The time of the empire
The narration hinges on a document concerning the salary of the watchmaker of the Royal Museum, Don Giuseppe Fiore, and aims to embrace, in the perspective of a minor employee, the epochal turning point that the French decade (1806-1815) represented for Naples, for the external aspects of the royal power and for the new function that culture and classical beauty played in the context of the Napoleonic Empire. The face of the city, the new ranks of the state administration, change and move all around the National Museum, which, together with its monumental clock, marks the new time of Europe.
clip - Arditi, the time of the empire (2020-06-12) by ilCartastorie foundation © and National Archaeological Museum of NaplesilCartastorie | Museo dell'Archivio Storico del Banco di Napoli
With the definition of the French Decade it is customary to identify that period, between 30 March 1806 and 20 May 1815, in which Giuseppe Bonaparte and Gioacchino Murat alternated on the throne of Naples. The French occupation of 1806 brought the continental part of the Kingdom (Sicily remained in the hands of the Borboni dynasty) in the Napoleonic imperial system and involved, especially in the Murattian period (1808-1815), the adoption of a series of government apparatuses and of reforms of the new conception of the state matured in France after the French Revolution (1789).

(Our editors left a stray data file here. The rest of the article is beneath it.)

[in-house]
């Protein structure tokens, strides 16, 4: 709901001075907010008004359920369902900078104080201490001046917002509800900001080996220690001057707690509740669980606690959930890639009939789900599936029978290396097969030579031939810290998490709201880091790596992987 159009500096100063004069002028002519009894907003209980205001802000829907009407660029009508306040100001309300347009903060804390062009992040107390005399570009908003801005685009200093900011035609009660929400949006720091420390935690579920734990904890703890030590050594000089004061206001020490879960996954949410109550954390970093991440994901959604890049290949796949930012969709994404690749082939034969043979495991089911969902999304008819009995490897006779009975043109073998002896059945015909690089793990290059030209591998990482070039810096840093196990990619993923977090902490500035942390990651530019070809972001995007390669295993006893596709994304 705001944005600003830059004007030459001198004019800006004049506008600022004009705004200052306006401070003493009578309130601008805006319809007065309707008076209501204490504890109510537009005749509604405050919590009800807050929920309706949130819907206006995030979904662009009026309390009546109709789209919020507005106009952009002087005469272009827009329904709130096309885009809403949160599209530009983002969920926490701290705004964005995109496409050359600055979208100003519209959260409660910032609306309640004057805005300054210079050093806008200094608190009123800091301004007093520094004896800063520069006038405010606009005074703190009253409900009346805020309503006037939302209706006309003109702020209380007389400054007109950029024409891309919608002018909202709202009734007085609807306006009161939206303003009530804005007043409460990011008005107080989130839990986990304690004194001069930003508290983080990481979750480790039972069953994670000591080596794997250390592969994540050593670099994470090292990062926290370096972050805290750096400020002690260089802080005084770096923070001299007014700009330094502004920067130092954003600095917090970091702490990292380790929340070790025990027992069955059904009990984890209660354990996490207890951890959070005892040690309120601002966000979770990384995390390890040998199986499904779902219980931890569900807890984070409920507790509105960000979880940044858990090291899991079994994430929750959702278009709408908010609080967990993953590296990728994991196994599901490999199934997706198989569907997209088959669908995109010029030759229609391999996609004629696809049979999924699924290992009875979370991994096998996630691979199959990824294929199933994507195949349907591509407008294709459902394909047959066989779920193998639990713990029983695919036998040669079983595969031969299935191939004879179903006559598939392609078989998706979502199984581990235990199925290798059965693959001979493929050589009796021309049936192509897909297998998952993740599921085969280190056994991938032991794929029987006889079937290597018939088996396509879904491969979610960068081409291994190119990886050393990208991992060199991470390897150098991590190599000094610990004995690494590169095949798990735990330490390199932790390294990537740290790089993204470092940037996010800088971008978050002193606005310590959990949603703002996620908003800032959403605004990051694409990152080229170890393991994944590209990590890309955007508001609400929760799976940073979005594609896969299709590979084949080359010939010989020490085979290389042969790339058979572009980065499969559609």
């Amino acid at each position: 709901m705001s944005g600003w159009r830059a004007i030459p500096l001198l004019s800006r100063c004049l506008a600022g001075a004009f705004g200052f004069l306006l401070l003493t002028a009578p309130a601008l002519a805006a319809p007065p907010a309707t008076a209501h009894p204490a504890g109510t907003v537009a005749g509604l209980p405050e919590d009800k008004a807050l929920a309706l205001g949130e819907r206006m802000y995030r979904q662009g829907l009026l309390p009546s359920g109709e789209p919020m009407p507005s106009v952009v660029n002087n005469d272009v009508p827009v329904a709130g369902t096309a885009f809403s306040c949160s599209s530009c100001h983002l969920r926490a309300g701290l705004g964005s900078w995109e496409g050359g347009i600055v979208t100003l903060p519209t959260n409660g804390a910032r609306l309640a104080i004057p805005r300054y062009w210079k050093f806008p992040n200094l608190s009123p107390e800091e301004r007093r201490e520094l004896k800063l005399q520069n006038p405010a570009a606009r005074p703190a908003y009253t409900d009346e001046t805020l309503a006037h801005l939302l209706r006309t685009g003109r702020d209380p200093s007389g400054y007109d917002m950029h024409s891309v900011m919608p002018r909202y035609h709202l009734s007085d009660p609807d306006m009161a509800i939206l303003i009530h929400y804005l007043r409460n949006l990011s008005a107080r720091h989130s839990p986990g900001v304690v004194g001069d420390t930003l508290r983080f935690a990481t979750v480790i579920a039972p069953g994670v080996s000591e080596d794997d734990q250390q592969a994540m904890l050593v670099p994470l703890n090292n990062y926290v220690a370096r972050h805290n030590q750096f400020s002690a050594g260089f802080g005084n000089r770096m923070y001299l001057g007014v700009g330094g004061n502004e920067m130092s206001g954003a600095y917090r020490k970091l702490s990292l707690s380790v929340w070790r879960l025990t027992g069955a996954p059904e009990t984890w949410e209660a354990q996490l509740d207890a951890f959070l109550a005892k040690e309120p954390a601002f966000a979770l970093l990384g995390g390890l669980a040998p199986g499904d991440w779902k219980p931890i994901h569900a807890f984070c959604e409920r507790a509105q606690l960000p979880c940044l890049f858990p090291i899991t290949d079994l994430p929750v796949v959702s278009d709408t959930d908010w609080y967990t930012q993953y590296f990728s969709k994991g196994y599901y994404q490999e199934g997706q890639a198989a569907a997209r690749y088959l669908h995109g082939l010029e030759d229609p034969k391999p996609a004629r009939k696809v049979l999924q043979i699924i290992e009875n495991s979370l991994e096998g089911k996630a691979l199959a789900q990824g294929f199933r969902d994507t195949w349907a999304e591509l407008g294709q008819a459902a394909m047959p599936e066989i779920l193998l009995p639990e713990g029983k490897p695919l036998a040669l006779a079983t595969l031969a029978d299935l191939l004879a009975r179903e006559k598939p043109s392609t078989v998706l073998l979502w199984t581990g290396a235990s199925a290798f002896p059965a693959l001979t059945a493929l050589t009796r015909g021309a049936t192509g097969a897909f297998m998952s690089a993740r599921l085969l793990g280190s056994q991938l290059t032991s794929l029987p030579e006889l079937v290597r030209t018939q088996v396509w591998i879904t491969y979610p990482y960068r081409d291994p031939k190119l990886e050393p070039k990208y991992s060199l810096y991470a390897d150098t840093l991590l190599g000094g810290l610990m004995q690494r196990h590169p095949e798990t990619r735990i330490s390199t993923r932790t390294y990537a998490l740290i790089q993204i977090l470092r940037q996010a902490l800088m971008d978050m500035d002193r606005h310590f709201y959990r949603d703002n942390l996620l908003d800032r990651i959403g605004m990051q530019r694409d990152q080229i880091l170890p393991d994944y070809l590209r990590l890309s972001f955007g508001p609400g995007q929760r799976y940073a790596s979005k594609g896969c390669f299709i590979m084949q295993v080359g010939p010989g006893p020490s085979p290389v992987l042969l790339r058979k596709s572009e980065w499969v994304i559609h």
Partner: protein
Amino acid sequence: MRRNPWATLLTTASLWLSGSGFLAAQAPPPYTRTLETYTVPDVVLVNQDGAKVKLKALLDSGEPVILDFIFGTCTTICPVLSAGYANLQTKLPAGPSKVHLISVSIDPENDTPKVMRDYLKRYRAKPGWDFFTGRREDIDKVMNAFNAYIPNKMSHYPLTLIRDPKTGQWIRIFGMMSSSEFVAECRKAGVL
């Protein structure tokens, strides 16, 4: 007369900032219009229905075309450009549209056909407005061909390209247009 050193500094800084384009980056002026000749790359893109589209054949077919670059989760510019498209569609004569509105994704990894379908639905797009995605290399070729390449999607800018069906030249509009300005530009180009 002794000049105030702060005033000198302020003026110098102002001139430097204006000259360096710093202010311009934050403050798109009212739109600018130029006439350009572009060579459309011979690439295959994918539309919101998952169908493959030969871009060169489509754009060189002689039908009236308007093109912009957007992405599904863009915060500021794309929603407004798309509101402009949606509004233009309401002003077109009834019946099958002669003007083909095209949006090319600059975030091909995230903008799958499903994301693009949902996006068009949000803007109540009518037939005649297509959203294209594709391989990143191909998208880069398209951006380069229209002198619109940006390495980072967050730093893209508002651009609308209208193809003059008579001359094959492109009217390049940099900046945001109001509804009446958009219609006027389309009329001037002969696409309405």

Michele Arditi, born in Presicce near Lecce in 1746, distinguished himself as a jurist and academic in Naples in the second half of the eighteenth century. His forensic career and his cultural interests were strongly influenced by the first season of Herculaneum and Pompeii's excavations, begun respectively in 1738 and 1748. He did not actively participate in the political events of the Neapolitan Republic of 1799. In 1807 he was appointed, by Giuseppe Bonaparte, director of the National Museum and superintendent of antiquities excavations. He continued his management operation when Ferdinando di Borbone returned to the area. He died in 1838, his funeral monument in the church of San Ferdinando was made by the artist Canova.